PORTLAND, Ore. (KOIN) — A landmark along the Oregon coast has been illuminating the region’s rich history for decades and now, the light it shines just got brighter.
The Astoria Column, overlooking the mouth of the Columbia River on Coxcomb Hill in Astoria, was built in 1926 at the behest of Ralph Budd who was, at the time, the president of the Great Northern Railroad.
The 125-foot monument is one of 12 historical markers constructed between the Oregon coast and St. Paul, Minnesota under Budd’s direction.
New York philanthropist Vincent Astor — the great-grandson of Astoria’s namesake, businessman John Jacob Astor whose Pacific Fur Company settled Astoria in the early 1800s — helped fund the Astoria Column.
John Jacob Astor, who also built New York’s famed Waldorf-Astoria Hotel, died in the sinking of the Titanic in 1912.
A. B. Guthrie and Company of Portland built the tower upon the hill which stands 600 feet above sea level while Italian artist Attilio Pusterla designed the artwork for the tower’s exterior. The fresco-like depictions tell the story of the West — from Native Americans to some of Astoria’s early explorers, including Captain Robert Gray, Meriweather Lewis and William Clark.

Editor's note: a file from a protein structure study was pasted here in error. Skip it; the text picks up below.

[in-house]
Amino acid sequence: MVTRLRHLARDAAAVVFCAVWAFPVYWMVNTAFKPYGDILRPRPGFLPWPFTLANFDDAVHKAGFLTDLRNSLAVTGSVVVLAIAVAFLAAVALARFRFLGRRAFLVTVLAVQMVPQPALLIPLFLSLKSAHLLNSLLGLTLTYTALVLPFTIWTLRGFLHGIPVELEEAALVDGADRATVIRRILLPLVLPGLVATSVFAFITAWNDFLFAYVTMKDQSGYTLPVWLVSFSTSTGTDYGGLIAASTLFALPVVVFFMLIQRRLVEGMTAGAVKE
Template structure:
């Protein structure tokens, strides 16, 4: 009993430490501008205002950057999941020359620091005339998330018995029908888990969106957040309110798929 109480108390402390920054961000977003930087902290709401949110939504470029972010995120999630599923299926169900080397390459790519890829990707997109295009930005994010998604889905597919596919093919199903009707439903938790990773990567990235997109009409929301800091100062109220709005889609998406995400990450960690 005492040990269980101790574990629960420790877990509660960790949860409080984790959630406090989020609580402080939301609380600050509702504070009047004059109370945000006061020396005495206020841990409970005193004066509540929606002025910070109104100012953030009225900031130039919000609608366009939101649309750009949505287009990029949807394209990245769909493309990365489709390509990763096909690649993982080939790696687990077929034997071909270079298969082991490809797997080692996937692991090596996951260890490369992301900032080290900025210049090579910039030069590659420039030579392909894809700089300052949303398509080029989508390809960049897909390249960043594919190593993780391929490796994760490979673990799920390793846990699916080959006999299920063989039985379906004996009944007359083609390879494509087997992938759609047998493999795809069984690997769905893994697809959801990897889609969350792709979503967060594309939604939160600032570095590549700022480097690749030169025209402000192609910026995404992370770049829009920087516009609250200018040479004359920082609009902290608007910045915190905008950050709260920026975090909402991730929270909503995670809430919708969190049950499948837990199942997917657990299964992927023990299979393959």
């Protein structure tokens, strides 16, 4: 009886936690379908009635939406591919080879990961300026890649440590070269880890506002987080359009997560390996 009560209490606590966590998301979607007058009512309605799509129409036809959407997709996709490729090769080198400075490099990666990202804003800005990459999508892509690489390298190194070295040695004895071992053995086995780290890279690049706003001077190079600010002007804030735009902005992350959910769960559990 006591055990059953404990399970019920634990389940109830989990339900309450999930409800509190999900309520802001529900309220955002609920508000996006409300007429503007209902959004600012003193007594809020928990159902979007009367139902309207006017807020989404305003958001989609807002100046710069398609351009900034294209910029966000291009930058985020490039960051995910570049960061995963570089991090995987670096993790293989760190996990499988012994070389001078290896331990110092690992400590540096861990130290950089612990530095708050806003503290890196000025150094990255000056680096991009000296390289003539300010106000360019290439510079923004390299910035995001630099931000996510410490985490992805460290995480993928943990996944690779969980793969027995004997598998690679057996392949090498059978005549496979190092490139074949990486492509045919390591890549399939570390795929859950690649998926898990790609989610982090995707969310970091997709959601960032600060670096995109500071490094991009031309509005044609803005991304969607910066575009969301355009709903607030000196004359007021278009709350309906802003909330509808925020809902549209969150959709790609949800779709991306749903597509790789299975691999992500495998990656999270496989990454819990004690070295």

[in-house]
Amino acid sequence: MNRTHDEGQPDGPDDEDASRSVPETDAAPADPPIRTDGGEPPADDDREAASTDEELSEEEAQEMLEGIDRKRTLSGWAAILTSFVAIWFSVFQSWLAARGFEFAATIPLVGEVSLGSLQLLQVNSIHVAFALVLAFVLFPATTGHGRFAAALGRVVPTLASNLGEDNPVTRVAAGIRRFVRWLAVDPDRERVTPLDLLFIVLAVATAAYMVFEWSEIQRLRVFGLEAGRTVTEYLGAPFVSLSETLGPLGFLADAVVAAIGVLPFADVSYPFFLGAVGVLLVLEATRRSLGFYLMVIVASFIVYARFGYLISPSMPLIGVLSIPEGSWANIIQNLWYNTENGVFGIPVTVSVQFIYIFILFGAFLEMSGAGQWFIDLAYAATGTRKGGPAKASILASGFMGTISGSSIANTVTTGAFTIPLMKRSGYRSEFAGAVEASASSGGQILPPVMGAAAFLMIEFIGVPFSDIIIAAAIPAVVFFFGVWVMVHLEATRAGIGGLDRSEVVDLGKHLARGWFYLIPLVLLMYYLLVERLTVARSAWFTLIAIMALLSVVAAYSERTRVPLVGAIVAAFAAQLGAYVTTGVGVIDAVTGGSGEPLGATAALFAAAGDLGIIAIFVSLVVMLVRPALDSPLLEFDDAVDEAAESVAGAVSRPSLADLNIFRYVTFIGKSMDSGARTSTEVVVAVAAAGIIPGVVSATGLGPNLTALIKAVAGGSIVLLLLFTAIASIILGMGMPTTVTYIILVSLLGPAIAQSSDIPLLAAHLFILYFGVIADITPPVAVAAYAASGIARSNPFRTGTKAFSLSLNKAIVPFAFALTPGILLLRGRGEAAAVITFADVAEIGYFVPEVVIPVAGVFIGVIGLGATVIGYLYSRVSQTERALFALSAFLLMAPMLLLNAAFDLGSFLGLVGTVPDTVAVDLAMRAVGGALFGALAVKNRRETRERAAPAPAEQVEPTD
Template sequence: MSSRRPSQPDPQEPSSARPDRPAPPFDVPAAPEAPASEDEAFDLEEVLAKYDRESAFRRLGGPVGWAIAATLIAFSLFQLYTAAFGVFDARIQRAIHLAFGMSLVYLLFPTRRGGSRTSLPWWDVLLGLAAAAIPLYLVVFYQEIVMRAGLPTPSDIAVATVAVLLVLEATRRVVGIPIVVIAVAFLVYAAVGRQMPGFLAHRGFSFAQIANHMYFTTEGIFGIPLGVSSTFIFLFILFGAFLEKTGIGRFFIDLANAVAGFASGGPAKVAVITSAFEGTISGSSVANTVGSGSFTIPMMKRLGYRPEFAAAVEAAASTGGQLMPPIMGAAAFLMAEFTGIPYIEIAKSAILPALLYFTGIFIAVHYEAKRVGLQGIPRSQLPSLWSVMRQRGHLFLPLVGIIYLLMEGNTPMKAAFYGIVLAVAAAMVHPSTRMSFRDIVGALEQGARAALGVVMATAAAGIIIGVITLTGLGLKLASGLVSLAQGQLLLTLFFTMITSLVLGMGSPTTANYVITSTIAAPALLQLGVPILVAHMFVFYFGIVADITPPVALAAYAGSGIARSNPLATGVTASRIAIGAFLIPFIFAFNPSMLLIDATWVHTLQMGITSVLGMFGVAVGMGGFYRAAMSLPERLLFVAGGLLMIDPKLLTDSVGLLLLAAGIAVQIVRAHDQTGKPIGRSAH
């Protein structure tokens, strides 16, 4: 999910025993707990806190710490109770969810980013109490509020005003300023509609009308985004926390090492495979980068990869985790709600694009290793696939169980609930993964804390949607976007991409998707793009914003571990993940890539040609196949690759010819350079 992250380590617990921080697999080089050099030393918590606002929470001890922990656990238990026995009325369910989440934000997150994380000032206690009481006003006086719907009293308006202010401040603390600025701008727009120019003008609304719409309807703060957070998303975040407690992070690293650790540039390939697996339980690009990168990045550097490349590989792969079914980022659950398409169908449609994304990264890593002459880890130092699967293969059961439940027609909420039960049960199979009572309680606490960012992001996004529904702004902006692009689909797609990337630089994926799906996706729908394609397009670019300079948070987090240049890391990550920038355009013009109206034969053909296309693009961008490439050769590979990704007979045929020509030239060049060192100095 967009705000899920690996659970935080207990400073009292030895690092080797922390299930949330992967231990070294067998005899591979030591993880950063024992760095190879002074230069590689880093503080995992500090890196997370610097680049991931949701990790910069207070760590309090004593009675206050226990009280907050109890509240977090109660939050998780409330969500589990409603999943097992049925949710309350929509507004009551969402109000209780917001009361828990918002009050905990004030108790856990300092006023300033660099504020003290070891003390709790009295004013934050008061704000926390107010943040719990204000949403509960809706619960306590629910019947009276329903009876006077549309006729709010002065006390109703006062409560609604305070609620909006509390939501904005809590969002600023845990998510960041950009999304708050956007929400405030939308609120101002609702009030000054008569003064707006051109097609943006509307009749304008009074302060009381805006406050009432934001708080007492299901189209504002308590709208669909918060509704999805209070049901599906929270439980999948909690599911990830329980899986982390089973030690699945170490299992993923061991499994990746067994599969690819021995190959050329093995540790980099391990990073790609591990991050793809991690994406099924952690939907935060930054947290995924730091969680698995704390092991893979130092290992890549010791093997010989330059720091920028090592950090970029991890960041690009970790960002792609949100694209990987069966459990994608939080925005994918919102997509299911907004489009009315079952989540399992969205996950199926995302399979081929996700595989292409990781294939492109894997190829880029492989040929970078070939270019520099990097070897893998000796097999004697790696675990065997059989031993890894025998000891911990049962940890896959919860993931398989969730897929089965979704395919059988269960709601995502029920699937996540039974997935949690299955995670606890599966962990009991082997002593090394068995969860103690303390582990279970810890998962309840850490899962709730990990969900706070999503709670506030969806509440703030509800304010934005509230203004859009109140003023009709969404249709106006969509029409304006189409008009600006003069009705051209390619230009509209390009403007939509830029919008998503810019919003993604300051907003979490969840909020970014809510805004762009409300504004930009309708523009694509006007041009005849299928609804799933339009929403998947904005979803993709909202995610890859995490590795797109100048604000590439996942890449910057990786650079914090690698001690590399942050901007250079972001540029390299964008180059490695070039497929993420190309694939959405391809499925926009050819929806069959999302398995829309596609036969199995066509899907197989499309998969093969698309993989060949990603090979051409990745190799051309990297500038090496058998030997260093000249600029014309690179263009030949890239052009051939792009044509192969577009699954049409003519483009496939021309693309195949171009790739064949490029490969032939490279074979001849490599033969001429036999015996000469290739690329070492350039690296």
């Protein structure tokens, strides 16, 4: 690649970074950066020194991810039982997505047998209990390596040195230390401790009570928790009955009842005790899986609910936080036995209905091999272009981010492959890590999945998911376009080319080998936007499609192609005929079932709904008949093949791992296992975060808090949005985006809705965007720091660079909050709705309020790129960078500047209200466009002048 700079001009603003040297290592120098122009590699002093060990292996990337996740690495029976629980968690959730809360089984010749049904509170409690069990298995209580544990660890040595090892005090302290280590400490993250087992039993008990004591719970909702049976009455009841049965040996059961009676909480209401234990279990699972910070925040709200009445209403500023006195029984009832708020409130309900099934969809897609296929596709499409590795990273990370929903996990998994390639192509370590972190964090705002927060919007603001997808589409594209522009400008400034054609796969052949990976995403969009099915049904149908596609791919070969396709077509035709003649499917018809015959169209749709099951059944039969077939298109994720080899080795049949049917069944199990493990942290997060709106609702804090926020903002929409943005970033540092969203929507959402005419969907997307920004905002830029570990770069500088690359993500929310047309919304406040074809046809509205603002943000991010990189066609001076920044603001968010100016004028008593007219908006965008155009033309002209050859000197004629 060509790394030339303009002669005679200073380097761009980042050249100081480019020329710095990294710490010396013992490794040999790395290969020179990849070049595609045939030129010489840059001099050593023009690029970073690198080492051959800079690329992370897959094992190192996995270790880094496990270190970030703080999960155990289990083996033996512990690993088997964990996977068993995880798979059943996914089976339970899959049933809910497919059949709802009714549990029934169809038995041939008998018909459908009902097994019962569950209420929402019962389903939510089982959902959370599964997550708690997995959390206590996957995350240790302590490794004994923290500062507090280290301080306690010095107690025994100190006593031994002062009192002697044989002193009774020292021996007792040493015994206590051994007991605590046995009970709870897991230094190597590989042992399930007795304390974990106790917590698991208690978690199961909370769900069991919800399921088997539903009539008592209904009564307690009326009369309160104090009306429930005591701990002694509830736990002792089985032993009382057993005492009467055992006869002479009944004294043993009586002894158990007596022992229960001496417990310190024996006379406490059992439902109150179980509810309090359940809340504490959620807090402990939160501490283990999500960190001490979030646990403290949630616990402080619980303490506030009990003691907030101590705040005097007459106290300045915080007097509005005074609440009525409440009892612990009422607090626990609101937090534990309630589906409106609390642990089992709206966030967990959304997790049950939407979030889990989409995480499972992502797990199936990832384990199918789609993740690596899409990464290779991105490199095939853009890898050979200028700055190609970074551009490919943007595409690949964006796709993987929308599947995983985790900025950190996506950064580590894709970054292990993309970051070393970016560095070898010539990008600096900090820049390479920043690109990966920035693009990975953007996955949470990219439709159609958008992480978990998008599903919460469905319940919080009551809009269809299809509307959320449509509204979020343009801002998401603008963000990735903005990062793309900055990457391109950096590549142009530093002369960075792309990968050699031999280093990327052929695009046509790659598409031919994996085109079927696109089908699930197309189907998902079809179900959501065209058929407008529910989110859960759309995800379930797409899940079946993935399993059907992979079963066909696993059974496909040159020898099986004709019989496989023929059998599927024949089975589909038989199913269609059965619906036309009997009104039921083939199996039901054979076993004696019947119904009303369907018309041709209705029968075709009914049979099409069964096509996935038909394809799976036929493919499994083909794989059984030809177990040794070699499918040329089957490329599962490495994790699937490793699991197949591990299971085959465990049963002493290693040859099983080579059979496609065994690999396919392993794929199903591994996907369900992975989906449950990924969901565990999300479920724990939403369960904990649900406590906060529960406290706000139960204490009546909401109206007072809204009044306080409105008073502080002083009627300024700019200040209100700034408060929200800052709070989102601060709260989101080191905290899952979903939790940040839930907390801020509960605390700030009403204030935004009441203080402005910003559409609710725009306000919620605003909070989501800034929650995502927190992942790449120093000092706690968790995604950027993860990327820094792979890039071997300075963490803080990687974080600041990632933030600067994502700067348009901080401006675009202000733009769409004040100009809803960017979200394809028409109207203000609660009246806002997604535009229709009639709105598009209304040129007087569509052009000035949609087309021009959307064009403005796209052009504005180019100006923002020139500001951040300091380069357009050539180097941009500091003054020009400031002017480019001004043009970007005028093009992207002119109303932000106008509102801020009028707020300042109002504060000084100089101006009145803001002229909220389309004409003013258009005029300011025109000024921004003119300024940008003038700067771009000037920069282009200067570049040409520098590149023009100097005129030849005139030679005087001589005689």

But for Jordan Schnitzer, the president of the Friends of the Astoria Column non-profit, the monument is a tribute to the entire United States.
“The column, in my mind, represents in essence, the whole settlement of this country starting on the East Coast, finishing up at the Pacific Ocean,” said Schnitzer. “The column is where it ended.”
The Astoria Column was dedicated on July 22, 1926. On that day, some 8,000 people gathered to celebrate.
And, nearly 93 years later, the column is still celebrated as one of Oregon’s most significant historical treasures.
The Friends of the Astoria Column have raised money to help the landmark keep up with the times — from maintaining the column and building a public plaza around its base, to recently installing computerized LED lights.
Starting Monday, April 15, at 9 p.m., the Astoria Column will put on a nightly light show every hour, on the hour from nightfall to before dawn.
With a price tag of $80,000, the new lights will save on electricity and give visitors and residents even more reason to appreciate what Schnitzer calls “the most glorious sight!”